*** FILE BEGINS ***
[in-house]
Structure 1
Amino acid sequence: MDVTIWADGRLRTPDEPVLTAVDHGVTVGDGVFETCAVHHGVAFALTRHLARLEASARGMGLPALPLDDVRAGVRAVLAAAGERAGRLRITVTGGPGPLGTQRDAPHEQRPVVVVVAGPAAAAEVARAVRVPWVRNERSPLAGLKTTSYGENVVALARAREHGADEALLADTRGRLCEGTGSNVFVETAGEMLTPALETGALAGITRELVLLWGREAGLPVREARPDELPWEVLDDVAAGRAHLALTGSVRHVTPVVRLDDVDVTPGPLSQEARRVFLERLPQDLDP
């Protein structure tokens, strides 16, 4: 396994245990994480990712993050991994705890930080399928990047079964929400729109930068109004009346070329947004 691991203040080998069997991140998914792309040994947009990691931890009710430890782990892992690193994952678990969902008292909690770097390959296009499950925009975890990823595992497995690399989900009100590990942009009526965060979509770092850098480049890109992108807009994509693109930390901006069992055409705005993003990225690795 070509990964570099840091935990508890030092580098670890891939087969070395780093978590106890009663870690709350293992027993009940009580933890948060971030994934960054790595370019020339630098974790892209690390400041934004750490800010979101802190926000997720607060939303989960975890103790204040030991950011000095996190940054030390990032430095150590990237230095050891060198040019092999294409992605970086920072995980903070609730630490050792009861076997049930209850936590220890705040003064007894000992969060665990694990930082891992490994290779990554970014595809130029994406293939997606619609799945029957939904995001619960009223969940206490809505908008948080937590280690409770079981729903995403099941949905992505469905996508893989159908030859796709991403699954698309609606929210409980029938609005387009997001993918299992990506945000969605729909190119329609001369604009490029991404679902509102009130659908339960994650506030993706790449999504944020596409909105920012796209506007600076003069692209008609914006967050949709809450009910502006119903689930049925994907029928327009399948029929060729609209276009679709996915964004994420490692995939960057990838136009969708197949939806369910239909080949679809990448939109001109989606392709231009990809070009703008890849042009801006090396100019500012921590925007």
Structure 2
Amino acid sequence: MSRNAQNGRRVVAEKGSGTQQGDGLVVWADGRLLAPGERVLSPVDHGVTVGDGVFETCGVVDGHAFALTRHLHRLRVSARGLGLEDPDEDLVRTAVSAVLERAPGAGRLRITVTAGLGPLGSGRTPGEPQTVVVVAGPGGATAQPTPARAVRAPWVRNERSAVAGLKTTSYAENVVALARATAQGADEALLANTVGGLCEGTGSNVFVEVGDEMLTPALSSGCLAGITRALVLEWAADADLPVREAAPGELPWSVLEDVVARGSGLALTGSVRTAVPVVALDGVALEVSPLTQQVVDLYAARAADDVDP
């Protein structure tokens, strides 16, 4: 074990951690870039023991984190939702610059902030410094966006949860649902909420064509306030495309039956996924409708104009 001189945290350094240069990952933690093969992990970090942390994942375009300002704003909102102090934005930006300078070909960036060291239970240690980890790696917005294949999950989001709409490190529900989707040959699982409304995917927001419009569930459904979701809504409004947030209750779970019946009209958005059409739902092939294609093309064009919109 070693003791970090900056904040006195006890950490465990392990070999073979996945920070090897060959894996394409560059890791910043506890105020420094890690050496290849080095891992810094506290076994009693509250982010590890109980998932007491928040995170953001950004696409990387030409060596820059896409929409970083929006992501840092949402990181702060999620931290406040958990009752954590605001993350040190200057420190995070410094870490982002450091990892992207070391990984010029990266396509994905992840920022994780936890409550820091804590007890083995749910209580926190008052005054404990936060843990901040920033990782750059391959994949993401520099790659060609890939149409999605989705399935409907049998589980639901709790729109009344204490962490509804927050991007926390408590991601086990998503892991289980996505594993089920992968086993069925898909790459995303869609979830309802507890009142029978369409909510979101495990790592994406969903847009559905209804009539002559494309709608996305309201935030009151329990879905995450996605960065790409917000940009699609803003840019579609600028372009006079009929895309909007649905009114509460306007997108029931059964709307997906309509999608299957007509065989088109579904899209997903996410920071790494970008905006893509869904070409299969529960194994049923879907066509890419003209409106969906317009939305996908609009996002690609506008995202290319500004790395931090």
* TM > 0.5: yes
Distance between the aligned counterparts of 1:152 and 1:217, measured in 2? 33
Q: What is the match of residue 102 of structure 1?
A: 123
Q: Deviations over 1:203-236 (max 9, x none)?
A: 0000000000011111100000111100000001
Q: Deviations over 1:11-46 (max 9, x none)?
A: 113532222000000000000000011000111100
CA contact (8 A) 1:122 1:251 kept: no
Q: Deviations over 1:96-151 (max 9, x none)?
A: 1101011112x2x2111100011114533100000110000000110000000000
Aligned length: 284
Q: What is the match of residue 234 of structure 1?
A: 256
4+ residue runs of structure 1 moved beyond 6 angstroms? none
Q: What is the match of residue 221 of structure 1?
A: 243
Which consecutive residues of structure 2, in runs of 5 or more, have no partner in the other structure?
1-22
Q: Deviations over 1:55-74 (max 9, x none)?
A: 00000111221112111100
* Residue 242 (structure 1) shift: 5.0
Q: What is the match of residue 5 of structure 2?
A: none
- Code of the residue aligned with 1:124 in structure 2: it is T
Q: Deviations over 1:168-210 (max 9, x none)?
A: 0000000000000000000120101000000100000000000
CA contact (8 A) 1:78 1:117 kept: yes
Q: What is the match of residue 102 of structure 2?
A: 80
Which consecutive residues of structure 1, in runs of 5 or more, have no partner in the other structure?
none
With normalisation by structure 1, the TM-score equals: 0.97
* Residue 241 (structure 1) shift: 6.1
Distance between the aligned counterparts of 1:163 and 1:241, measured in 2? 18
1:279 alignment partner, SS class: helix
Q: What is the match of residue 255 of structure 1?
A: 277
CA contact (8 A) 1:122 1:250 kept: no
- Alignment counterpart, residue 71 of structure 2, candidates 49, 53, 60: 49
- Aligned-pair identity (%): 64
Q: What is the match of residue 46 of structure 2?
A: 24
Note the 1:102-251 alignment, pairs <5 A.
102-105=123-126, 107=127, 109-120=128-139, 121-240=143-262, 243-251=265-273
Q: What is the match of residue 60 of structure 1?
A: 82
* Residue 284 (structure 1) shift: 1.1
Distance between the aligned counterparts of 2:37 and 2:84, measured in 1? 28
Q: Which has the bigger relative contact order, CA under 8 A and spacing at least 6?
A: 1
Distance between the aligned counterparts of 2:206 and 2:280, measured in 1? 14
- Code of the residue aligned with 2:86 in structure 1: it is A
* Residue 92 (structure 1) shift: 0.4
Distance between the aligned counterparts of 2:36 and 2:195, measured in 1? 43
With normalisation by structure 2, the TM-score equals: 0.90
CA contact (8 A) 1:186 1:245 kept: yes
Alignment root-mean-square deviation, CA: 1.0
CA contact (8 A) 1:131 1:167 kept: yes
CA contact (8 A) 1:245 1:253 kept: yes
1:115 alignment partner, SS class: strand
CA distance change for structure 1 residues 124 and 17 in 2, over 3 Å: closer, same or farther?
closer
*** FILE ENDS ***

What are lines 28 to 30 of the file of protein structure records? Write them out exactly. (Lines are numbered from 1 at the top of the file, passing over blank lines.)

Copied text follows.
A: 00000111221112111100
* Residue 242 (structure 1) shift: 5.0
Q: What is the match of residue 5 of structure 2?